Montego Bay achieved city status in 1981, and the St James Parish Council gave its first key to the city of Montego Bay in 1983 to local citizen, Mr Lloyd Young, philanthropist and fitness trainer, considered an outstanding son of St James.
Past Recipients of the Keys to Kingston and Montego Bay
Both cities have given out quite a bit of keys to an impressive list of citizens and visitors since the ceremonial practice began in 1953 in Kingston and 1983 for Montego Bay. Of course, the list of recipients is much longer for Kingston than Montego Bay. The following is a list of several past recipients of keys to the cities, and when they received the keys, compiled from various local online sources, such as the Jamaica Gleaner, Jamaica Information Service (JIS), the Jamaica Observer and the (KSAC). Note that this is definitely not an exhaustive list.
A selection of past recipients of Keys to the City of Kingston:
- Prime Minister of the United Kingdom, Right Honourable Winston Churchill – January 17, 1953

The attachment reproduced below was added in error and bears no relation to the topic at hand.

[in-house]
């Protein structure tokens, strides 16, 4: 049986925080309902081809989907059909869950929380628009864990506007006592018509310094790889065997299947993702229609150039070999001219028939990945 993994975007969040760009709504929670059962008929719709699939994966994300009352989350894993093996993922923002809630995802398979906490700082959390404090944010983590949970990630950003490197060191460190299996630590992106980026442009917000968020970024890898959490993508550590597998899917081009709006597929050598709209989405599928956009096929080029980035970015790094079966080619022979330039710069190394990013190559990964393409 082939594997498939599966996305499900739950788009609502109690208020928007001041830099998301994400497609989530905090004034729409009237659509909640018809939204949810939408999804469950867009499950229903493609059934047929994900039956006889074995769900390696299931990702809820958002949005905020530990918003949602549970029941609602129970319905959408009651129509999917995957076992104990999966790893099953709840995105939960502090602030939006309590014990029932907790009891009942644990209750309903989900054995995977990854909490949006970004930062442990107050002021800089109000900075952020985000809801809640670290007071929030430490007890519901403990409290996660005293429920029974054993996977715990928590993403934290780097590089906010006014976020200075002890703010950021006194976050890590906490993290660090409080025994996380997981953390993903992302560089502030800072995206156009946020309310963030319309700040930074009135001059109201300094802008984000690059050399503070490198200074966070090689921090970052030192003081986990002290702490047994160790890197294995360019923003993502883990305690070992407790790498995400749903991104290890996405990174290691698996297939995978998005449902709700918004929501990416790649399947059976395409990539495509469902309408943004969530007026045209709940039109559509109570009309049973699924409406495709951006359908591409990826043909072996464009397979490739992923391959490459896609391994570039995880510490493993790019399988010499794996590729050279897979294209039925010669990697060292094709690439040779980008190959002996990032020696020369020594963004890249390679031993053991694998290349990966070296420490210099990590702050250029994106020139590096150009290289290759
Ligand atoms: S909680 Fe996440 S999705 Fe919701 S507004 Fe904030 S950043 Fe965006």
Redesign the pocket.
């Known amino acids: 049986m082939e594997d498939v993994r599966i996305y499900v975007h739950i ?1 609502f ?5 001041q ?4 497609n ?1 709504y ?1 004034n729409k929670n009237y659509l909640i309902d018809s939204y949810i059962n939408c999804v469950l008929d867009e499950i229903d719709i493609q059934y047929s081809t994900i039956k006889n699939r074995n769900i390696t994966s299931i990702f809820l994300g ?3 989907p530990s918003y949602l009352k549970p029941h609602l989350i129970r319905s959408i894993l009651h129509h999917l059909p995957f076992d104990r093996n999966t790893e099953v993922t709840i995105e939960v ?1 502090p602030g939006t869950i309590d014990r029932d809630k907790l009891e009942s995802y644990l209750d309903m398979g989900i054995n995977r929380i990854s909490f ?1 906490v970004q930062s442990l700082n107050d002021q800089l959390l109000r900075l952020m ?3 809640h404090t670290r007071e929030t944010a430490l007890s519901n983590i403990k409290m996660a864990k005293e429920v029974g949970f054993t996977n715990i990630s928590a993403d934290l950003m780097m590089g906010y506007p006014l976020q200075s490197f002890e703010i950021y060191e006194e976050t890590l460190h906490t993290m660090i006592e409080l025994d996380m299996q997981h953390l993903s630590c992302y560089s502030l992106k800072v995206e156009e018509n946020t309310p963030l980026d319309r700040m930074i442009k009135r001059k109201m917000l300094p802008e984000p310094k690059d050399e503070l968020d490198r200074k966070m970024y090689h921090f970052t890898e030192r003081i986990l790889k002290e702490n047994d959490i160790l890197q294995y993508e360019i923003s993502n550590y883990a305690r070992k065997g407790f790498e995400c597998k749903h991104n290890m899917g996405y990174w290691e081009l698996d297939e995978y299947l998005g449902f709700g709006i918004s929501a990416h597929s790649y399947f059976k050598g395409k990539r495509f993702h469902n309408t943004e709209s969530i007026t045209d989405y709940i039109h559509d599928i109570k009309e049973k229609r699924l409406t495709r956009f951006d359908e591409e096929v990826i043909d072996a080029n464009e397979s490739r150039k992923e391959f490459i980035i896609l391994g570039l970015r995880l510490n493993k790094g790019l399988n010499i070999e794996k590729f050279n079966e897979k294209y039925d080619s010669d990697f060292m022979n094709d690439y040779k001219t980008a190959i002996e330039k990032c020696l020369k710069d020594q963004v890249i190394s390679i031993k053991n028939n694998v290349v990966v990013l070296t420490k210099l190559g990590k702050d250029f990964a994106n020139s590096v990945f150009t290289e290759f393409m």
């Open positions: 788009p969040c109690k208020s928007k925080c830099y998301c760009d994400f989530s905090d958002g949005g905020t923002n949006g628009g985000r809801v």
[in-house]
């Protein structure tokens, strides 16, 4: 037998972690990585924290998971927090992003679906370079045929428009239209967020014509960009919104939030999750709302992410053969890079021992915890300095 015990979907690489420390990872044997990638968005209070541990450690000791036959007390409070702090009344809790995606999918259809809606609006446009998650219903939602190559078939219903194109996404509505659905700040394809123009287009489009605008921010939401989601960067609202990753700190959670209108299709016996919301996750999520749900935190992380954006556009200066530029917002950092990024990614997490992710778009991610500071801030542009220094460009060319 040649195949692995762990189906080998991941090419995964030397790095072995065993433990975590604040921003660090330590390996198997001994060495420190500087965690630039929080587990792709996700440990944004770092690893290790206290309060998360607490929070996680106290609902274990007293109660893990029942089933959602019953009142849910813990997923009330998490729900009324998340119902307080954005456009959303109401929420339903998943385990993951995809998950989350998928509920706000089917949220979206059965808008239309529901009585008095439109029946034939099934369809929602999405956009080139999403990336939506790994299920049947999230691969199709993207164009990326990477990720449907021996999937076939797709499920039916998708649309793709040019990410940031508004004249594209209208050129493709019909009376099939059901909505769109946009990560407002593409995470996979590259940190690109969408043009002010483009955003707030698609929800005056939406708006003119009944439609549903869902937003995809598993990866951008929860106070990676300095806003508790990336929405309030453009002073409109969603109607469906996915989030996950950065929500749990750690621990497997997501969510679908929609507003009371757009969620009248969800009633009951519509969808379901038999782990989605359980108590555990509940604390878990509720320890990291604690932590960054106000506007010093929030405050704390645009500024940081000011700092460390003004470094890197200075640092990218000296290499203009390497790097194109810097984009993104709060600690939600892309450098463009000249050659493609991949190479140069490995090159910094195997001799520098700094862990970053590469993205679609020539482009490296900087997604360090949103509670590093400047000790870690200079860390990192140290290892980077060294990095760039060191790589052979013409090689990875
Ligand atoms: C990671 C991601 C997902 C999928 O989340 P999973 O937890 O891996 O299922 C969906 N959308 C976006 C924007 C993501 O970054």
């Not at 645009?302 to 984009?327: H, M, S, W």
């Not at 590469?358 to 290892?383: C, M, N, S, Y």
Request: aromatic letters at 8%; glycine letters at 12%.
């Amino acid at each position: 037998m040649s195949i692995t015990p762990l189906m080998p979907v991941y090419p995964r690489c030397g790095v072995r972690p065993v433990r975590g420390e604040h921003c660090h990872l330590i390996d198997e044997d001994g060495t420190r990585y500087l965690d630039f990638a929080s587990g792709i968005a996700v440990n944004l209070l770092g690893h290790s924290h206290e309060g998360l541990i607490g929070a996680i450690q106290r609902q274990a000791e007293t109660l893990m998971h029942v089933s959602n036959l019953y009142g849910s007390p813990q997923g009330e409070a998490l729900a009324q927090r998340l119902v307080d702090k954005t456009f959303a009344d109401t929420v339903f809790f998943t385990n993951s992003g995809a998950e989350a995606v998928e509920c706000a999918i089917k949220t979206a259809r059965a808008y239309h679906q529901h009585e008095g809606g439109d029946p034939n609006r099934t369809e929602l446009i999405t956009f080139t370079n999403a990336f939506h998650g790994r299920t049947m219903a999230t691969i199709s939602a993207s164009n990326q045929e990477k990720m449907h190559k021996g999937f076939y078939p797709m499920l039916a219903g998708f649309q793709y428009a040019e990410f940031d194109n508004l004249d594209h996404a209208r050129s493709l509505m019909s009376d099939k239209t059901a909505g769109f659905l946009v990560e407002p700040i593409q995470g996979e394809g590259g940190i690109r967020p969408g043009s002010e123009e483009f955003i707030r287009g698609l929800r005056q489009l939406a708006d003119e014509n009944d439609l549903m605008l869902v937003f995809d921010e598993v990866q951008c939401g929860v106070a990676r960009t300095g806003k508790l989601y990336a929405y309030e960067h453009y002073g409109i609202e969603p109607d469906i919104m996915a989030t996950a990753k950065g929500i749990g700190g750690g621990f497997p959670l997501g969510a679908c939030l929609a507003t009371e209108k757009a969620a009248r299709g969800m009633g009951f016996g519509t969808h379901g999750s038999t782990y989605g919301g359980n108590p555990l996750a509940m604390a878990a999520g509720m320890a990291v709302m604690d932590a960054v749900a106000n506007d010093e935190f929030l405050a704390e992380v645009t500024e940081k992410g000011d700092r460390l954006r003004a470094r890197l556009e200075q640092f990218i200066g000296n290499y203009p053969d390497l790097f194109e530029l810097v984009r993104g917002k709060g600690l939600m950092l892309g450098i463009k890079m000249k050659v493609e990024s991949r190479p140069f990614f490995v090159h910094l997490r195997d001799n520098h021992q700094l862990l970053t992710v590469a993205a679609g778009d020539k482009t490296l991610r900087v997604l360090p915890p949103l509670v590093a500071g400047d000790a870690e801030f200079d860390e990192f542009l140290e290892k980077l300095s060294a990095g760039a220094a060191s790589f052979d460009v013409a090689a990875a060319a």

- Her Royal Highness the Princess Margaret – February 19, 1955
- His Excellency the President of Haiti, General Paul Eugene Magloire – February 15, 1955
- Carol Joan Crawford, Miss World 1963 – November 26, 1963
- Retired West Indies cricket team captain, Sir Frank Worrel – September 20, 1963
- Rev. Dr. Martin Luther King Jr. – June 20, 1965
- His Imperial Majesty Emperor Haile Selassie I – April 21, 1966
- Brazil’s football maestro Edson Arantes do Nascimento (Pele) – January 31, 1971
- Former world heavyweight boxin champion, Muhammed Ali – December 29, 1974
- Former cricketer Courtney Walsh – March 11, 1999
- Former South African President Thabo Mbeki – June 31, 2003
- The Hon. Gladys Bustamante, affectionately called ‘Lady B’ – October 1, 2003
- Herbert Henry McKenley, O.D., C.D. – November 27, 2004
- Eight Olympic gold medalists from the 2008 Jamaican Olympic team – Usain Bolt, Veronica Campbell-Brown, Nesta Carter, Shelly-Ann Fraser, Michael Frater, Asafa Powell, Dwight Thomas and Melaine Walker – October 3, 2008.